So you think you can drive safely round a blind bend? There was only one perfect entry among the many hopefuls who attempted The TES win-a-minibus competition this summer, in which competitors had to answer three multiple-choice questions on driving technique and road safety.
This made it very easy for the judges, but perhaps draws attention to the danger of complacency about driving when it comes to school trips.
It was one question, apparently, that caused so many entries to backfire. Most people thought you should approach a blind bend in the centre of the lane, as usual; the right answer was option B - drive as close to the centre line as possible.
The winner, technology teacher Keith Franklin, only arrived at Wye Valley School in Buckinghamshire this term.
His head, Linda Melton, expressed delight at his win: "This is the kind of news that gives us all a lift. It's not every day that a member of staff comes into my office saying 'I've won a minibus for the school'." The school scraped the money together for one bus two years ago; having two, she said, will mean that whole teaching groups can go on a visit together.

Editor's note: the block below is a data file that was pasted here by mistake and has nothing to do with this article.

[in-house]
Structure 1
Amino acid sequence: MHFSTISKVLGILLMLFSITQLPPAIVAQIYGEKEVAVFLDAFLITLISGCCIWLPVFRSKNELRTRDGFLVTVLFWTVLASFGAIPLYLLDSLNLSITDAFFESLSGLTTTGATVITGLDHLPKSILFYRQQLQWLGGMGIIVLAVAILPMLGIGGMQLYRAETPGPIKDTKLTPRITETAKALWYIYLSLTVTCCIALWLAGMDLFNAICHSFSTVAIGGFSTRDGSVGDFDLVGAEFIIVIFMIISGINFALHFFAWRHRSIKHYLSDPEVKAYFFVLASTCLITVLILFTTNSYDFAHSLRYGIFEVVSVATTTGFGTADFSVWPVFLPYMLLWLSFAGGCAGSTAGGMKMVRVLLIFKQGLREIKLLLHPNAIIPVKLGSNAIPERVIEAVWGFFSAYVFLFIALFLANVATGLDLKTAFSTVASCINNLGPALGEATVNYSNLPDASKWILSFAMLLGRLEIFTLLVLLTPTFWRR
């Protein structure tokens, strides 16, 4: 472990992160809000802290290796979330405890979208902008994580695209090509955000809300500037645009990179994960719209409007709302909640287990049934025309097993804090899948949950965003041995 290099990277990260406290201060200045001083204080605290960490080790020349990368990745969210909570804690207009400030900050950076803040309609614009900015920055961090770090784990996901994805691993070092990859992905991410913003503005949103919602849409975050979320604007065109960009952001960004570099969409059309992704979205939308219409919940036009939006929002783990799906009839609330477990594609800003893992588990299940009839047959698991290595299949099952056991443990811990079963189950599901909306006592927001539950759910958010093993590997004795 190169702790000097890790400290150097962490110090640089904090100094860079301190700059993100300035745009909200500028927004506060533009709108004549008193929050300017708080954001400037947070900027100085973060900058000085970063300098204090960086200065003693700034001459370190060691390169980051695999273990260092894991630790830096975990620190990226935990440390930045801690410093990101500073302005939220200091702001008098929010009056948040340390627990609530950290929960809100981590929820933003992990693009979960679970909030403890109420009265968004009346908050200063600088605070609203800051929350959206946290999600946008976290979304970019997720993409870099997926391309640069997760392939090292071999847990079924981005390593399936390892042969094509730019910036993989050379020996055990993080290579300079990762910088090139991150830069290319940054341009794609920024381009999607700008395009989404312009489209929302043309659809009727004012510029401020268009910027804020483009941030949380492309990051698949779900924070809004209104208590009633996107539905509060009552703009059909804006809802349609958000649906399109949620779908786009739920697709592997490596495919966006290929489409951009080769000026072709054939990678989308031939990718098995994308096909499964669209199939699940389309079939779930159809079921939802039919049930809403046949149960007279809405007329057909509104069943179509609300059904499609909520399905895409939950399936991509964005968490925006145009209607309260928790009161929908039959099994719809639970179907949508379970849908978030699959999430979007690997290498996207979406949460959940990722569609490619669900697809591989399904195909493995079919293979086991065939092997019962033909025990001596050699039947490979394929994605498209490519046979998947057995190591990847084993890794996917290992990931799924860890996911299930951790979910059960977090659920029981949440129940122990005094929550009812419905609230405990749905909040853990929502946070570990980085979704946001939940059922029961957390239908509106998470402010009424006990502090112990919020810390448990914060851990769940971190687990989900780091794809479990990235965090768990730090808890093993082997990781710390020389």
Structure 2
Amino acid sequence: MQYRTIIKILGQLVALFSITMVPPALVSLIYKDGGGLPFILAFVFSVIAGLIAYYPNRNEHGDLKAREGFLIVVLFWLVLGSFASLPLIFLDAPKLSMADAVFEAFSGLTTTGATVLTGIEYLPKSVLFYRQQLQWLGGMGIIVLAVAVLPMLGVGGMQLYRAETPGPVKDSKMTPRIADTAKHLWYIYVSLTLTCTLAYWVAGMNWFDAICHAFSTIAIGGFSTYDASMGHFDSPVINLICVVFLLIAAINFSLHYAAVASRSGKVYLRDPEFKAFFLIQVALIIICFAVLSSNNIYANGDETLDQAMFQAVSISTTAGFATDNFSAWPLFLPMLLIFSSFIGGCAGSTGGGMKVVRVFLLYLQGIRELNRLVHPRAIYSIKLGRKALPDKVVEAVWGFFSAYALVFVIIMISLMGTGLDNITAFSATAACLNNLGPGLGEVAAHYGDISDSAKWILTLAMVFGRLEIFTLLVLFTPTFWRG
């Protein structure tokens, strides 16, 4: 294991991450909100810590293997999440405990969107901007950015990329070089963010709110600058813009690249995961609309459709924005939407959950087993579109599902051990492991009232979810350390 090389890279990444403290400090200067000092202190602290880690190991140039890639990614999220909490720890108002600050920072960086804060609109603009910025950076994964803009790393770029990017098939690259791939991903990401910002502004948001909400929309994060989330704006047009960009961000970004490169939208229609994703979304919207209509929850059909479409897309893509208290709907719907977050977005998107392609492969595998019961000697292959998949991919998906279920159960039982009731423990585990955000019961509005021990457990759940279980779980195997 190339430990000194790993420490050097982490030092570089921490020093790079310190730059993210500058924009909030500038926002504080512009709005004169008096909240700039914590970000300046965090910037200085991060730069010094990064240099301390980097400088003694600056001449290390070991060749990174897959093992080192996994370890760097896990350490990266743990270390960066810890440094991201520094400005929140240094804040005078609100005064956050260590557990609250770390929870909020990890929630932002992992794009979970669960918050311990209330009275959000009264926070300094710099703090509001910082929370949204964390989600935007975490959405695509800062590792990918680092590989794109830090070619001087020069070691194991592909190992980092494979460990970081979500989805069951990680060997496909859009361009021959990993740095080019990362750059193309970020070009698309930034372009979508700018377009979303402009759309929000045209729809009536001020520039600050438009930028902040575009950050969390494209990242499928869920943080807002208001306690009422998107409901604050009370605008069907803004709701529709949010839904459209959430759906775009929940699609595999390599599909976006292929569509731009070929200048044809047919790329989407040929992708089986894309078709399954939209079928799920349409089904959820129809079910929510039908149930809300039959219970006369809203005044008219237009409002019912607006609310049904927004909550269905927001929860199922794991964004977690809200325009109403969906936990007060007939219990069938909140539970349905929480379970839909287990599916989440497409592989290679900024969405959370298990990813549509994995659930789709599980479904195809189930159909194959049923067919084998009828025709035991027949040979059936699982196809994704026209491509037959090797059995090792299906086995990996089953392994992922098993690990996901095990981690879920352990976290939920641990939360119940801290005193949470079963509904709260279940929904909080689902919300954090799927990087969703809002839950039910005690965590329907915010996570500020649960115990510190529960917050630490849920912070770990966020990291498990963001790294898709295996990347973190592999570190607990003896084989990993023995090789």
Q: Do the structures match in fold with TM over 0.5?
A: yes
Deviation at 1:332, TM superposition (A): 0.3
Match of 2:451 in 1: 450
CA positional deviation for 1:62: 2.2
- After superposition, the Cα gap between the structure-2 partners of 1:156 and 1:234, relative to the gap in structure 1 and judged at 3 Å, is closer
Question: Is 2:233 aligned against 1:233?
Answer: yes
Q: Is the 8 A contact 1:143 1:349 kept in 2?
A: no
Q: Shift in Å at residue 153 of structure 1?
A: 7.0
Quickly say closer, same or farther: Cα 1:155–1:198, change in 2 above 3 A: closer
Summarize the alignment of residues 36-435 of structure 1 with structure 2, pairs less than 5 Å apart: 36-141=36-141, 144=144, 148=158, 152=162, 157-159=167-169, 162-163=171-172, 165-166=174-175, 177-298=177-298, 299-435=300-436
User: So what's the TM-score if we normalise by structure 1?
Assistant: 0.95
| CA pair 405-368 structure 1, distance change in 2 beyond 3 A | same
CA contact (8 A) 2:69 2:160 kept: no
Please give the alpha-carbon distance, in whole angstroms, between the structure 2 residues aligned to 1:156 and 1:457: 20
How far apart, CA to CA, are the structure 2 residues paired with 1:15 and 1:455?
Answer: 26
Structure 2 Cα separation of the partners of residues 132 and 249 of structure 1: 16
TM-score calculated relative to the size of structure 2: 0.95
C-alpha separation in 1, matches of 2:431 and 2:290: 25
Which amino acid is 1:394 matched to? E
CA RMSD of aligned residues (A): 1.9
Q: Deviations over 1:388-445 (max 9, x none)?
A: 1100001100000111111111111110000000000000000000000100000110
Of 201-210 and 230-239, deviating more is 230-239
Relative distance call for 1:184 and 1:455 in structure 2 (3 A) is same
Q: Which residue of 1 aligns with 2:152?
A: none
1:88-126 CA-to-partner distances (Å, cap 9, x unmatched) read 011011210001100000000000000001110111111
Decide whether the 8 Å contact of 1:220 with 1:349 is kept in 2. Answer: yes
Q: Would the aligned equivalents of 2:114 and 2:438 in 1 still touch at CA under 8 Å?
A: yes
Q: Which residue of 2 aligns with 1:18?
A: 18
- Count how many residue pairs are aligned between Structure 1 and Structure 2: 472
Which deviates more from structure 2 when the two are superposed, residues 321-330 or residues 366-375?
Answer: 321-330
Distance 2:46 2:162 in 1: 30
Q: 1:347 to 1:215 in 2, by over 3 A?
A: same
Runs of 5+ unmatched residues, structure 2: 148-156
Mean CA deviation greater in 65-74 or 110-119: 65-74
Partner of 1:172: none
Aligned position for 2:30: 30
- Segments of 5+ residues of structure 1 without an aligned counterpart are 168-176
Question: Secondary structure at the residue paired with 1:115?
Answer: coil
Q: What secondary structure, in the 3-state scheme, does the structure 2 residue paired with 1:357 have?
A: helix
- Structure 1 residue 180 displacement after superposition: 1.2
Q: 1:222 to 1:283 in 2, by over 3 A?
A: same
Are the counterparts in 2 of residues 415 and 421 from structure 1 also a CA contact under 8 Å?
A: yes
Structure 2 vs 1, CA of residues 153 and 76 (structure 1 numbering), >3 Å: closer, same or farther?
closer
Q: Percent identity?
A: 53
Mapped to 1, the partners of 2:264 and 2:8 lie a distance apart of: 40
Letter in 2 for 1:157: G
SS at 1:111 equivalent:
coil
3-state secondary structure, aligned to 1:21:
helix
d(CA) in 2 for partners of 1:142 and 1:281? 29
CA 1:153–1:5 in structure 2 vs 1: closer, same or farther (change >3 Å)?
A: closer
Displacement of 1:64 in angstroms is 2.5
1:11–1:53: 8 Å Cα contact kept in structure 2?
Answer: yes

The questions and answers are as follows:
Q How many teachers did our panel of judges agree can be fitted into a Ford Minibus like the one pictured above?
Q When approaching a blind bend on any road, what is the best approach position?
A As close to the centre line as possible to avoid kerbside hazards.
Q If you are approaching a hazardous junction, such as a roundabout what should you do?
A Brake early, keep the brake lights on until the car behind responds, check if it is clear ahead, then choose one appropriate gear.
Q If you are joining a busy motorway but the traffic is dense in all three lanes, what is the best course of action?
A Accelerate, matching your speed to the traffic, blending when you can even if it means using some of the hard shoulder to avoid slowing other traffic.
All questions and the answers were supplied by one of the UK's leading independent driver training companies.